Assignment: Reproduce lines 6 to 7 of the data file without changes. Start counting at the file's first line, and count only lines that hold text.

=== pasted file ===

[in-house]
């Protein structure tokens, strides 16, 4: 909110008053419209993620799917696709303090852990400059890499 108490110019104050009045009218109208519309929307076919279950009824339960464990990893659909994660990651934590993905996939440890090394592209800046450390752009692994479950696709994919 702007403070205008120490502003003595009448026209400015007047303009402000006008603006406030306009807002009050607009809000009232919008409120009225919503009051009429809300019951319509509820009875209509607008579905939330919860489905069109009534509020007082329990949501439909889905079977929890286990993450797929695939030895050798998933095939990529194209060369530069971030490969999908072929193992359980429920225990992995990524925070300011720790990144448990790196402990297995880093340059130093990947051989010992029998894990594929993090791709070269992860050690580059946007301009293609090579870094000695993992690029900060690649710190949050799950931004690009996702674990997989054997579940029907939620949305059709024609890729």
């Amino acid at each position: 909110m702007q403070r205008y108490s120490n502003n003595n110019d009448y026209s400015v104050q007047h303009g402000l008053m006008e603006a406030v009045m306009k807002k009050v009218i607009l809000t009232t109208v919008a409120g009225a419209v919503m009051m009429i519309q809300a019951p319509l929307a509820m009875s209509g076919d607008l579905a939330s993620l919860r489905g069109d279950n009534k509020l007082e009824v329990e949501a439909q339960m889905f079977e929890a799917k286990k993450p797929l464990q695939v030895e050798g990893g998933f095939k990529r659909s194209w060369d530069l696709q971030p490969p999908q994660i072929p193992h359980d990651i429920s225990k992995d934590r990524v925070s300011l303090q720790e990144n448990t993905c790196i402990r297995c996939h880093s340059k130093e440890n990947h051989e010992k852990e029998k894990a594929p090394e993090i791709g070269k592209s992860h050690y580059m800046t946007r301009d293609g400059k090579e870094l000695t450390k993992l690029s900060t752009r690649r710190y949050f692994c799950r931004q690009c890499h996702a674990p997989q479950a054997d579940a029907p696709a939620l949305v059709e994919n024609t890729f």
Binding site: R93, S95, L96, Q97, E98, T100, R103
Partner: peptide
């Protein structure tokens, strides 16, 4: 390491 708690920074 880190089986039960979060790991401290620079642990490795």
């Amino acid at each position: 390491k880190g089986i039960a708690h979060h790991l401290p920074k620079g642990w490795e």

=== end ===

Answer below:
């Protein structure tokens, strides 16, 4: 390491 708690920074 880190089986039960979060790991401290620079642990490795």
């Amino acid at each position: 390491k880190g089986i039960a708690h979060h790991l401290p920074k620079g642990w490795e």